Jewish Literary Links for Shabbat

Photo Credit: Reut Miryam Cohen
Every Friday morning My Machberet presents an assortment of Jewish-interest links, primarily of the literary variety.

  • Coming soon! Open: The Festival of New Jewish Theater at the 14th Street Y in New York will take place June 10-30. I attended last year, and I’m looking forward to dropping by again.
  • The Forward previews a slew of new Jewish books for summer.
  • As I think I’ve mentioned, one of the books I’m hoping to read this summer is Rutu Modan’s The Property (trans. Jessica Cohen), which appears to belong to the ever-growing corpus of “3G” literature. As noted in this week’s Publishers Weekly profile: “Inspired by her family origins and family secrets, [Modan] wanted to write a story about a Jewish grandmother who, with the help of her granddaughter, reclaims her property in Poland that was seized during the war.”
  • Ari Shavit’s My Promised Land: The Triumph and Tragedy of Israel, which will be published in November, is the inaugural winner of the Natan Book Award. (I happen to be reading an electronic galley of this book at the moment.)
  • Win a bundle of Jewish-interest books from the Jewish Book Council.
  • Shabbat shalom.

    Words of the Week: Andrew Silow-Carroll (on Alice Walker)

    I don’t begrudge Walker her politics. But I would take her seriously only if she demonstrated that she understood the history of the conflict, the legitimate security fears that have undermined Israeli peace efforts, the political pressures that have stymied Israeli peacemakers, the vicious terrorism and hateful rhetoric that has characterized the Palestinian “resistance” for decades and repelled even Israeli moderates; the seemingly unbridgeable divisions within the Palestinian movement itself; and the cruelties on both sides that must be confronted, acknowledged, and repented for before you can even start talking about a solution.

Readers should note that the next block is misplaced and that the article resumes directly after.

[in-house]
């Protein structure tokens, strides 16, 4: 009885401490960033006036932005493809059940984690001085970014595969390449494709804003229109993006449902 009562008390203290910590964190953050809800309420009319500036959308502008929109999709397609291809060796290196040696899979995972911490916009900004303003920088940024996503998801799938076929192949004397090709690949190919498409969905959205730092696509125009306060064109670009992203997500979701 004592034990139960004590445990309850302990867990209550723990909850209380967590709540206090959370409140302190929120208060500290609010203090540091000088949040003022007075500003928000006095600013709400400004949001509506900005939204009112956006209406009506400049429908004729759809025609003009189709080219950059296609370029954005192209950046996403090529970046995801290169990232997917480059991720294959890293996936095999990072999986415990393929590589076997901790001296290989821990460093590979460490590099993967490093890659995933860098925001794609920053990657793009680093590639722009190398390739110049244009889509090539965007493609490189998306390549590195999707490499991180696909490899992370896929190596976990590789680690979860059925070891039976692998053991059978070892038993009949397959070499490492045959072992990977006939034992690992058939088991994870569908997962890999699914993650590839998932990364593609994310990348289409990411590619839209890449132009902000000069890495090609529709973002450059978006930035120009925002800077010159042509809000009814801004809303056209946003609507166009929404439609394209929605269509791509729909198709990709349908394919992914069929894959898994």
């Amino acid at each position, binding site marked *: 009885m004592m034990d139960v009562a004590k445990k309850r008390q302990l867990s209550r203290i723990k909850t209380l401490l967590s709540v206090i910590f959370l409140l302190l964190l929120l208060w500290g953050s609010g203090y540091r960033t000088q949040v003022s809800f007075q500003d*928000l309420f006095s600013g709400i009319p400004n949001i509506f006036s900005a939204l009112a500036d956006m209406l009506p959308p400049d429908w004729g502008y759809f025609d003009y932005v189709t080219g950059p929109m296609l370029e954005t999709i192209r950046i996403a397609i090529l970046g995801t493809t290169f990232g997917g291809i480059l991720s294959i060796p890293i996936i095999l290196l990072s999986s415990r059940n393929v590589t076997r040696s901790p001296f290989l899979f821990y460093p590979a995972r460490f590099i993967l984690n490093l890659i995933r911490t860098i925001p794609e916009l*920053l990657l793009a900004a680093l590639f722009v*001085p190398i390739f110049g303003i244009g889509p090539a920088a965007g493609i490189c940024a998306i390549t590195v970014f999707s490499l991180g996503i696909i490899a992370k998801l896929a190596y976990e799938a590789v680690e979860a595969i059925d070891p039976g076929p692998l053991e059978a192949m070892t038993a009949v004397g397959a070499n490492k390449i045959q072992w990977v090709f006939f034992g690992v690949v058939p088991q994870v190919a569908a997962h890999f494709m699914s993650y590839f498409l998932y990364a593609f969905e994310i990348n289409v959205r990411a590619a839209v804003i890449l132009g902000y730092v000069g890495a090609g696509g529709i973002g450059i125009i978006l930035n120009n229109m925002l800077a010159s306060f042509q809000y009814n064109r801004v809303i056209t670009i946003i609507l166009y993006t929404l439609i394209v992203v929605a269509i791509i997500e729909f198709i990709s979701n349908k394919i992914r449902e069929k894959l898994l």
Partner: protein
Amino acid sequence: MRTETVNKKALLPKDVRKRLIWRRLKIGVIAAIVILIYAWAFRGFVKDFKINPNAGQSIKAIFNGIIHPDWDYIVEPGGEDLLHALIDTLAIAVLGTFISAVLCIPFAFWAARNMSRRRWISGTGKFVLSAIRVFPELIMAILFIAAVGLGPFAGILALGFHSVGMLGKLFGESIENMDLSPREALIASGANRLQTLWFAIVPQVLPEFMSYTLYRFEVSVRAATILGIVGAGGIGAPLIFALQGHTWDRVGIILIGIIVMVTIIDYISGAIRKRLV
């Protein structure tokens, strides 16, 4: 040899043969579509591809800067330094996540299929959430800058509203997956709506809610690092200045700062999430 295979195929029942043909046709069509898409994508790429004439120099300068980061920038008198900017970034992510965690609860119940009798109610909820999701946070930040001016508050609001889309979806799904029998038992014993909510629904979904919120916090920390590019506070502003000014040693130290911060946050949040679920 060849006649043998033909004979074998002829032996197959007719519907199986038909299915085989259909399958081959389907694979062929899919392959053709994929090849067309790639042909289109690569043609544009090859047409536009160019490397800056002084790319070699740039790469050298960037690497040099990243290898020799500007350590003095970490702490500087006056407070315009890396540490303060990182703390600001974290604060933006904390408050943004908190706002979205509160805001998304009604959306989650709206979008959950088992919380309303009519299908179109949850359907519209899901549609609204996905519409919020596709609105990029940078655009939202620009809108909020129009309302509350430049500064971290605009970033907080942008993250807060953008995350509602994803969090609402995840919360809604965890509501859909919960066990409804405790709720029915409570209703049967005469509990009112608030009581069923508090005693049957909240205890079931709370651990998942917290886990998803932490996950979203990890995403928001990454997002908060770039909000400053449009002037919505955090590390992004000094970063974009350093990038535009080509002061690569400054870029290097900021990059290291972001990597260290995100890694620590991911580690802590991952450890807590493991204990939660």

–Andrew Silow-Carroll, Editor-in-Chief, New Jersey Jewish News.

    Read the full post here. Please.

    You know, like a lot of readers and writers, I used to admire Alice Walker, the author. But Alice Walker, the activist, appalls me. Thank you, Andrew Silow-Carroll, for articulating my own frustrations so eloquently.

    From My Bookshelf: A Safe Haven: Harry S. Truman and the Founding of Israel

    I’ve mentioned before how grateful I am to be taking a noncredit course on “Zionist Thought & Statesmanship” this spring. Among other benefits, the seminar has provided me with an excellent reading list. Most recently, I finished reading A Safe Haven: Harry S. Truman and the Founding of Israel, by Allis Radosh and Ronald Radosh. (It is worth noting that May 14 will mark the 65th anniversary of the United States, under President Truman’s leadership, becoming the first nation to recognize the State of Israel.)

    TrumanPublished in 2009, the book won the Washington Institute’s Book Prize (for nonfiction books on the Middle East). It received widespread attention; rather than give you a summary/review myself, I’ll point you to some existing analyses.